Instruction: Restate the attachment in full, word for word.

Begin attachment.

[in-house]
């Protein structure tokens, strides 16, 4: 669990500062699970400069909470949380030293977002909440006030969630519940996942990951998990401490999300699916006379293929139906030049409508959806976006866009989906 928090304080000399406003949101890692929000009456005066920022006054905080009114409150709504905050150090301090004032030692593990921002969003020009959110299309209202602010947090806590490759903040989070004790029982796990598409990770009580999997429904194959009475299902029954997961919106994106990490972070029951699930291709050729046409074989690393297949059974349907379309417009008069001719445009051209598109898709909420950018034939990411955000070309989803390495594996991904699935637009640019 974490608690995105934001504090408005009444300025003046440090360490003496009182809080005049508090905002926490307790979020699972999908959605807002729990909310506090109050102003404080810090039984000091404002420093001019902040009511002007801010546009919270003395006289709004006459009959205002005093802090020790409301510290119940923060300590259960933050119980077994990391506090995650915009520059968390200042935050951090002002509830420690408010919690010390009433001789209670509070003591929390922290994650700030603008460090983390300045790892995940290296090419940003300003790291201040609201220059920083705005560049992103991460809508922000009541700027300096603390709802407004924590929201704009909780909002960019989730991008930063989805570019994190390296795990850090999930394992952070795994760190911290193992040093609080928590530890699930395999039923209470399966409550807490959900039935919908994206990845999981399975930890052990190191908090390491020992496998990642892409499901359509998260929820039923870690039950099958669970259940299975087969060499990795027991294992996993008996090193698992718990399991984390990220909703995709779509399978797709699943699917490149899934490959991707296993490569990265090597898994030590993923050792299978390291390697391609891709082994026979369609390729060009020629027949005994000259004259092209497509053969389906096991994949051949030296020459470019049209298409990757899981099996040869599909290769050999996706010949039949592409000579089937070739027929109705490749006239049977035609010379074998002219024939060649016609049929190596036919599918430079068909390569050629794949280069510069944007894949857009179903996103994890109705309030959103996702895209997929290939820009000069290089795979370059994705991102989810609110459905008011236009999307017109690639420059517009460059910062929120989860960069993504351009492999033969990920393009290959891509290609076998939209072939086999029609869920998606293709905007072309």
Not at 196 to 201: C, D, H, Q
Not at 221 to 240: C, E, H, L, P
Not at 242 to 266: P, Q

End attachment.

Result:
[in-house]
């Protein structure tokens, strides 16, 4: 669990500062699970400069909470949380030293977002909440006030969630519940996942990951998990401490999300699916006379293929139906030049409508959806976006866009989906 928090304080000399406003949101890692929000009456005066920022006054905080009114409150709504905050150090301090004032030692593990921002969003020009959110299309209202602010947090806590490759903040989070004790029982796990598409990770009580999997429904194959009475299902029954997961919106994106990490972070029951699930291709050729046409074989690393297949059974349907379309417009008069001719445009051209598109898709909420950018034939990411955000070309989803390495594996991904699935637009640019 974490608690995105934001504090408005009444300025003046440090360490003496009182809080005049508090905002926490307790979020699972999908959605807002729990909310506090109050102003404080810090039984000091404002420093001019902040009511002007801010546009919270003395006289709004006459009959205002005093802090020790409301510290119940923060300590259960933050119980077994990391506090995650915009520059968390200042935050951090002002509830420690408010919690010390009433001789209670509070003591929390922290994650700030603008460090983390300045790892995940290296090419940003300003790291201040609201220059920083705005560049992103991460809508922000009541700027300096603390709802407004924590929201704009909780909002960019989730991008930063989805570019994190390296795990850090999930394992952070795994760190911290193992040093609080928590530890699930395999039923209470399966409550807490959900039935919908994206990845999981399975930890052990190191908090390491020992496998990642892409499901359509998260929820039923870690039950099958669970259940299975087969060499990795027991294992996993008996090193698992718990399991984390990220909703995709779509399978797709699943699917490149899934490959991707296993490569990265090597898994030590993923050792299978390291390697391609891709082994026979369609390729060009020629027949005994000259004259092209497509053969389906096991994949051949030296020459470019049209298409990757899981099996040869599909290769050999996706010949039949592409000579089937070739027929109705490749006239049977035609010379074998002219024939060649016609049929190596036919599918430079068909390569050629794949280069510069944007894949857009179903996103994890109705309030959103996702895209997929290939820009000069290089795979370059994705991102989810609110459905008011236009999307017109690639420059517009460059910062929120989860960069993504351009492999033969990920393009290959891509290609076998939209072939086999029609869920998606293709905007072309």
Not at 196 to 201: C, D, H, Q
Not at 221 to 240: C, E, H, L, P
Not at 242 to 266: P, Q